by Julia Madsen
$16.00 | October 2018
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This utterly stunning debut, as its title tells us, is part manual, part investigation. Into the Heartland, into “our dark hearts.” It is “a book of occasions”: part documentary, part allegory—both at once—in which “dream-installments” coincide with real documents, the silence of sleepy farmland with the immiserated bodies and voices that work it. They tell you, because this book lets you hear them: “After a time, you see what happens.” Given “[t]he fact that we get so little and need so much,” the question that both animates and haunts this book is “how well / you survive.” You will find yourself here in “the faraway” you can’t get away from, “the bygone” that never really goes. Being in this book’s grasp is like a memory both inescapable and just out of reach, a gruesome scene you want to unsee and yet cannot look away from. This book throws into brutal and beautiful relief what it looks like to survive a lack, an unremitted absence, the cost of what we are not paid, into which we are born and have to bear. It is a powerful, essential book. So “hold out your hands,” step into “the blue light / of premonition” that this book has patiently and generously prepared for you, read it, and “take notes.” – Jane Gregory, author of My Enemies and Yeah No
What connects capitalism and everything else? Meat. Julia Madsen’s language sees the reasons and hears the reasons. Her language divines the traces remaining in the rust-blooded wake of the reasons. And also: I feel this book as a psalter. A meat psalter: a psalter for where machines, landscapes, and bodies conjunct. It is a powerful book and I am grateful it is in the world. – Selah Saterstrom, author of Slab and Ideal Suggestions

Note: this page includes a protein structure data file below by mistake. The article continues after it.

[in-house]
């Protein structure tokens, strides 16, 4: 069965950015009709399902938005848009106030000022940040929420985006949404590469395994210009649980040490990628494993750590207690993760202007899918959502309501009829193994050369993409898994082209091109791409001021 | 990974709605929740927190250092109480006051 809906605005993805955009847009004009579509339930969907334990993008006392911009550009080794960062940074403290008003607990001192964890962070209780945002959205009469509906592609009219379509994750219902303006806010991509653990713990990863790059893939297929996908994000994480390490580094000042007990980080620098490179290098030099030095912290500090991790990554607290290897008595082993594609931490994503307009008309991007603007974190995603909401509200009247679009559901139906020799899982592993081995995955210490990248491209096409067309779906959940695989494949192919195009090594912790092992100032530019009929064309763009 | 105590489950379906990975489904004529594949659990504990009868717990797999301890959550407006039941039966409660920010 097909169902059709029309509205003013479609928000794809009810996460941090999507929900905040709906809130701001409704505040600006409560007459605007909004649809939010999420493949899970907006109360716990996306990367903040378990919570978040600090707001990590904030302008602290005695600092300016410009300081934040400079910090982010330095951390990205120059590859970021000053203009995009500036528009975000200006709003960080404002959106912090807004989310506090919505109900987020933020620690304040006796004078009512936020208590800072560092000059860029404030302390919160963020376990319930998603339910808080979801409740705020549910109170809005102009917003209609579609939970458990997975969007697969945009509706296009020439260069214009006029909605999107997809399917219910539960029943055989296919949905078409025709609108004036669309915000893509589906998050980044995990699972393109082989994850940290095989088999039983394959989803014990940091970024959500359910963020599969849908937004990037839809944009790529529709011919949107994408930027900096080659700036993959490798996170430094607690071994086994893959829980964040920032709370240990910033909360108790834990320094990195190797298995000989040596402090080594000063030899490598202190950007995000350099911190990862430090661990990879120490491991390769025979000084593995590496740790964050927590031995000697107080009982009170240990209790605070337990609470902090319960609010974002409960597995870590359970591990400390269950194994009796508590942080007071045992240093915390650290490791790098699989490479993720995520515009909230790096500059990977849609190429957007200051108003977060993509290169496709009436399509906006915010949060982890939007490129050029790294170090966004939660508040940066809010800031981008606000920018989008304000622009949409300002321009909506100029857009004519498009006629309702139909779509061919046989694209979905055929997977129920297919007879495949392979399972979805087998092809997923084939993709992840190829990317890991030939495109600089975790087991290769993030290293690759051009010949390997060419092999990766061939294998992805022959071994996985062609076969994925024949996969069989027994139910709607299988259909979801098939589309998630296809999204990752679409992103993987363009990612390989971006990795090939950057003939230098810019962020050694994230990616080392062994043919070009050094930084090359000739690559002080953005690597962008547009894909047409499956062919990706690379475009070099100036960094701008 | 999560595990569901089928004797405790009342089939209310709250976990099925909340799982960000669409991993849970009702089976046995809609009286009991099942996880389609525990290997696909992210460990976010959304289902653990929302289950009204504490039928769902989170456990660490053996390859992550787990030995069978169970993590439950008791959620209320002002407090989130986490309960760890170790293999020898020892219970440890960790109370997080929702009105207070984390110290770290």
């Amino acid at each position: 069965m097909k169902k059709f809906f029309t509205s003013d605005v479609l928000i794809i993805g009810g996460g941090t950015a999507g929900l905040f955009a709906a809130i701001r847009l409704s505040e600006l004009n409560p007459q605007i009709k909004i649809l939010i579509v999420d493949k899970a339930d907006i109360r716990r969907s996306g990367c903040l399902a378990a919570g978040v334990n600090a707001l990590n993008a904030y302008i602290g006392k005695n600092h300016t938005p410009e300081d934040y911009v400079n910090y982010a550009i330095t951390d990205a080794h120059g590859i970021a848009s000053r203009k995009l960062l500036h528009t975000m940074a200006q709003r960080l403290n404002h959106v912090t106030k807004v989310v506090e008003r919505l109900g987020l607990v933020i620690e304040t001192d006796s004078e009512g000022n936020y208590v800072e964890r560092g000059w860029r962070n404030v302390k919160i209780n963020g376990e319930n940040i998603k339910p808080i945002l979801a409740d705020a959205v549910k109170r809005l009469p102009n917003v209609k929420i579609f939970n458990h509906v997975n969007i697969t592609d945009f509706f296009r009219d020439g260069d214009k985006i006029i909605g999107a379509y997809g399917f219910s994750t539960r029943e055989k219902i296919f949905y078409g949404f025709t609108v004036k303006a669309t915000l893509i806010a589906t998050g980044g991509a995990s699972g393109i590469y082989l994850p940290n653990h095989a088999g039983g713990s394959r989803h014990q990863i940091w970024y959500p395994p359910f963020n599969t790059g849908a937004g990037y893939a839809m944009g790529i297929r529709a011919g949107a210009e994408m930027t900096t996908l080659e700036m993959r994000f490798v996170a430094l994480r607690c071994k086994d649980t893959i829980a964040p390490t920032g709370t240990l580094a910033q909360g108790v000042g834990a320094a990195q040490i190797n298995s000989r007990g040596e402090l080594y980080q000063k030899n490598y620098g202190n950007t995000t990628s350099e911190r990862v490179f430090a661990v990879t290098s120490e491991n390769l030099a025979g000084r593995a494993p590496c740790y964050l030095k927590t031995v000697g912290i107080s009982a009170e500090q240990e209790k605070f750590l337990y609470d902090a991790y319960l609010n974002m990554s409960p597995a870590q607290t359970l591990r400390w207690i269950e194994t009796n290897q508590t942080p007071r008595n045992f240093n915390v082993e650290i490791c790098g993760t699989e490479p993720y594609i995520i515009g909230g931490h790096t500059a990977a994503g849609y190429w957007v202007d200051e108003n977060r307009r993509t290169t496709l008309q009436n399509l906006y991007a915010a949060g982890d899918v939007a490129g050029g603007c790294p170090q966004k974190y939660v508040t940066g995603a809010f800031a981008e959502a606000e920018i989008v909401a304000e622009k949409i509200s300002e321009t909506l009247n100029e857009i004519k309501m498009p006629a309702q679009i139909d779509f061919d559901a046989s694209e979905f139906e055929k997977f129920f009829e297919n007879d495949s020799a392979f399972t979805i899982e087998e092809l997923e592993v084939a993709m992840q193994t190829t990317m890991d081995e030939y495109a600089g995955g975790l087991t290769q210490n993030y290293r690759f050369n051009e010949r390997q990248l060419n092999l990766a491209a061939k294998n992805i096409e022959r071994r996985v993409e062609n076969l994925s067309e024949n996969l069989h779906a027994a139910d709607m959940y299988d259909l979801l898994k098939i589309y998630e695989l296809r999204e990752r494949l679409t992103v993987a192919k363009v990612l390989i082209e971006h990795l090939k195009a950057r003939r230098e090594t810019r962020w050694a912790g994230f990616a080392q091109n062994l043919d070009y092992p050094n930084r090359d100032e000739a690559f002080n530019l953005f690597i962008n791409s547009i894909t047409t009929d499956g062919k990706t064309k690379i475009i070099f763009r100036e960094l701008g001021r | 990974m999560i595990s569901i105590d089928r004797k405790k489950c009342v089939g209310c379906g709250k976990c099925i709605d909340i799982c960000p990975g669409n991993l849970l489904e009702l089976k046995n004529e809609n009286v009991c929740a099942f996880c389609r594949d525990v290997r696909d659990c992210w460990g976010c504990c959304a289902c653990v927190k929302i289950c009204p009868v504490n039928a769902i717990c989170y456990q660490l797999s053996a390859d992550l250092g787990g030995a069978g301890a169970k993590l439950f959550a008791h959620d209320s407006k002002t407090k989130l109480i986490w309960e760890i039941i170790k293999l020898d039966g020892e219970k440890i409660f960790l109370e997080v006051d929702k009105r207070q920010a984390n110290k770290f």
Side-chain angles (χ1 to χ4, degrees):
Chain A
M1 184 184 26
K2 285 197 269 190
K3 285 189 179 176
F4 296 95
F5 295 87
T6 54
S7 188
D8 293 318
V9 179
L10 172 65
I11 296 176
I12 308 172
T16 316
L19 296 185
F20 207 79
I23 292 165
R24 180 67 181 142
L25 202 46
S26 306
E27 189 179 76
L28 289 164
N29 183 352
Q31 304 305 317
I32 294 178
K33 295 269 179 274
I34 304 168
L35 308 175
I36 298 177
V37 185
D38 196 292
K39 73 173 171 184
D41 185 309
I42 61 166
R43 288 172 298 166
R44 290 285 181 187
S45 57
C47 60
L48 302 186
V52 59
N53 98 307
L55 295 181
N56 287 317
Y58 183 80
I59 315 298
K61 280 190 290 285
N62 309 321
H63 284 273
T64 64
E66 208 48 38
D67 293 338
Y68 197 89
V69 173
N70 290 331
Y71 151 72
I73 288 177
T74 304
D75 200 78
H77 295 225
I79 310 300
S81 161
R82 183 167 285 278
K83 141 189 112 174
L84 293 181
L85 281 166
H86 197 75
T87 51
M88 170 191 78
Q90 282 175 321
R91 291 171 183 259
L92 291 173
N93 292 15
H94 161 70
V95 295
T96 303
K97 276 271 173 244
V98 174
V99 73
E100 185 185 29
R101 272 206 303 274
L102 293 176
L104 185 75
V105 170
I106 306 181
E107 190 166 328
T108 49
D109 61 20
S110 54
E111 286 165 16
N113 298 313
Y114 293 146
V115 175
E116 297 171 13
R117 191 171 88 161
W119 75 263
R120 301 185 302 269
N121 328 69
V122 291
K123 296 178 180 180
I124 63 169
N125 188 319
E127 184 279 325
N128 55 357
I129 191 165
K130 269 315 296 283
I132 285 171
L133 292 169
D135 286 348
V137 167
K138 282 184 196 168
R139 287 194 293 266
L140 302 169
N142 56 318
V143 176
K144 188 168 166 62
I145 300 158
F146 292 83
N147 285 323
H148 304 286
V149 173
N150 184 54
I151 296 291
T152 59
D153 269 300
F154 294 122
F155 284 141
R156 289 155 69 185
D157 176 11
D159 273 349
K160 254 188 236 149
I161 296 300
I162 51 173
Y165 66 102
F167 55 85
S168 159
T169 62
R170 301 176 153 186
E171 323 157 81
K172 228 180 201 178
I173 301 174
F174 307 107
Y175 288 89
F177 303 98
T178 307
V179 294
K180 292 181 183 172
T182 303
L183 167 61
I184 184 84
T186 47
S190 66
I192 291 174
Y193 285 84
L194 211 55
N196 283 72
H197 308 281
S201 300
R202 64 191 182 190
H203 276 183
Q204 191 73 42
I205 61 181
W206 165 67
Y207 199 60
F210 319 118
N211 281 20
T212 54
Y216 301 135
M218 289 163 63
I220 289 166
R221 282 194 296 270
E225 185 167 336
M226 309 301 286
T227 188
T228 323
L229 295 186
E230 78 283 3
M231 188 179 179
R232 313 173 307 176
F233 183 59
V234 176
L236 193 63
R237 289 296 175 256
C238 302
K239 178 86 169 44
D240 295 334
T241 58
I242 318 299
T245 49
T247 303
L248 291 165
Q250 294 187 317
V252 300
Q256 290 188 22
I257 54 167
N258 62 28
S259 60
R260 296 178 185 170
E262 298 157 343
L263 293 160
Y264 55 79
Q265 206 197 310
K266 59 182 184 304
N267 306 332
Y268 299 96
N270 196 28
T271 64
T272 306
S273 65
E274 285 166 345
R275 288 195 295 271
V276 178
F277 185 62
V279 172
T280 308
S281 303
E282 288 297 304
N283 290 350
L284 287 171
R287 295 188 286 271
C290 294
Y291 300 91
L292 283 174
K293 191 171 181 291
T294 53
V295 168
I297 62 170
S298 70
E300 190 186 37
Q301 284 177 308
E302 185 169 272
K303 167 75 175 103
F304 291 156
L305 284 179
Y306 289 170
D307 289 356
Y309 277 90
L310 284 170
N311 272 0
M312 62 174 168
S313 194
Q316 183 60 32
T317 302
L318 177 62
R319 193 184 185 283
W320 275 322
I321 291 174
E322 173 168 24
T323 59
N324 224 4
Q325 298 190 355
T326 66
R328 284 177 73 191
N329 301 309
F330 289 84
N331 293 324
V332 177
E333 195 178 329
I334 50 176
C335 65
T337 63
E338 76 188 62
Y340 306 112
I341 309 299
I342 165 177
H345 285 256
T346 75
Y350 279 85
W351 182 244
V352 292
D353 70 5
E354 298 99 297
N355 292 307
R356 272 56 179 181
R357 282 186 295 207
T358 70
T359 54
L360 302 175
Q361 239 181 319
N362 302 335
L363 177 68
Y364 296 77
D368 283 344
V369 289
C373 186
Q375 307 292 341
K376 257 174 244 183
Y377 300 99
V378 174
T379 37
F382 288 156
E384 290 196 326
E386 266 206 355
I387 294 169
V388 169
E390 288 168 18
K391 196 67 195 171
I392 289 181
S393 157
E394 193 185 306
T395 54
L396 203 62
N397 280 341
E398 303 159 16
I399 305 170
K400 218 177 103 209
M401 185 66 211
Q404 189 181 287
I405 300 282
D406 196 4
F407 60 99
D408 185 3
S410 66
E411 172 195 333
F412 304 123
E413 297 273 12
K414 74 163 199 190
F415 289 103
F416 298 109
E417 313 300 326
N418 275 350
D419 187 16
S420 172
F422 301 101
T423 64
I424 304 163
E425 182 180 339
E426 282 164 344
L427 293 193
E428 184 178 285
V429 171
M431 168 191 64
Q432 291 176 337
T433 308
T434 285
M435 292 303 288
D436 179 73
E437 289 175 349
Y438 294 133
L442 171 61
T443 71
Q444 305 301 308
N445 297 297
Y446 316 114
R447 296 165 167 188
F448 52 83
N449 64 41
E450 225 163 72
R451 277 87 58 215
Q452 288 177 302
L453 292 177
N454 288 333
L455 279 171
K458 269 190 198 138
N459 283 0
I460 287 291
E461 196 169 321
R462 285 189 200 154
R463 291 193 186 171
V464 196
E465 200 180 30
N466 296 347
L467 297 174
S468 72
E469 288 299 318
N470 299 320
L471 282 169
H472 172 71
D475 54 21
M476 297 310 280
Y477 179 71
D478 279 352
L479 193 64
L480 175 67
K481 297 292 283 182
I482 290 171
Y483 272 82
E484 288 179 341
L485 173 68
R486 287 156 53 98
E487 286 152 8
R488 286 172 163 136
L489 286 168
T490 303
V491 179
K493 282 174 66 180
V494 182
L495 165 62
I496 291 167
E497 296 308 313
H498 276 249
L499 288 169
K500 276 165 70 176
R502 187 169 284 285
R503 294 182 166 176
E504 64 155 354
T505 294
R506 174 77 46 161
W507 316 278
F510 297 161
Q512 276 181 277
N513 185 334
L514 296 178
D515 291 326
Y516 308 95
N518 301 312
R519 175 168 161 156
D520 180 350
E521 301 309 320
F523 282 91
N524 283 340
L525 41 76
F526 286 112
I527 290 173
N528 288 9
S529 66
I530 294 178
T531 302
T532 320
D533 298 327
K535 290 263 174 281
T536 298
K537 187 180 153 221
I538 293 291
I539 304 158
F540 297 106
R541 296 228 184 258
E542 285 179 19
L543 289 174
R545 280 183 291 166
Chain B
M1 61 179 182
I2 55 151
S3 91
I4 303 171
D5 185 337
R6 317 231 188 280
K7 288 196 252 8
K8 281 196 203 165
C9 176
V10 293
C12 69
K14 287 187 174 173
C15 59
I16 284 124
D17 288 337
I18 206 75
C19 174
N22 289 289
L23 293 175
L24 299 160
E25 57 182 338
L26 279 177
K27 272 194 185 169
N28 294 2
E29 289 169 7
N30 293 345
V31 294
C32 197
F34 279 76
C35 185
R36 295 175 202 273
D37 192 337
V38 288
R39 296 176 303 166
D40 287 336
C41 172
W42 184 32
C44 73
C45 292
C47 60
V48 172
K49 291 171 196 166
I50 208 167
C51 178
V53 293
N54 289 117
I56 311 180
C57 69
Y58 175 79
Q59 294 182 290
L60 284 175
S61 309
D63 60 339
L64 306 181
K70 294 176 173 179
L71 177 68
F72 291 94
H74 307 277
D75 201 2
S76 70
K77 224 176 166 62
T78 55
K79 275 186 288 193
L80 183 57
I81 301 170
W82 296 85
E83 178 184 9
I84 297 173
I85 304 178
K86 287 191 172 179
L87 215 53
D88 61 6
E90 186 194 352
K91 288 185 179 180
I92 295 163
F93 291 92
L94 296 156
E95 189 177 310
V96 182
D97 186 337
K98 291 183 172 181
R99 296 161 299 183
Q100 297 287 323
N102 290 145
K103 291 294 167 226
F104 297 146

This book ripped me the hell open. I felt like these poems written with dirt, bones, blood, and rust were my own forgotten memories that came rushing back into my wound. Sometimes I was afraid to turn the page, but I kept going because I had to, because that’s our lives, our people, our places. Julia Madsen puts us on notice while showing us how to be caring and gracious by sitting and attending to these ignored voices and landscapes that are burdened by clinging to/giving life. – Steven Dunn, author of Potted Meat
About the Author
Julia Madsen is a multimedia poet and educator. She received an MFA in Literary Arts from Brown University and is a doctoral student in English/Creative Writing at the University of Denver. She is the video editor at Reality Beach, and her poems and multimedia work have appeared or are forthcoming in jubilat, Black Warrior Review, Caketrain, Alice Blue Review, Drunken Boat, Flag+Void, Word for/Word, Cloud Rodeo, Small Po[r]tions, Deluge, Dreginald, Tagvverk, La Vague Journal, Devil’s Lake, Versal, Cartridge Lit, CutBank, Dream Pop Press, and elsewhere.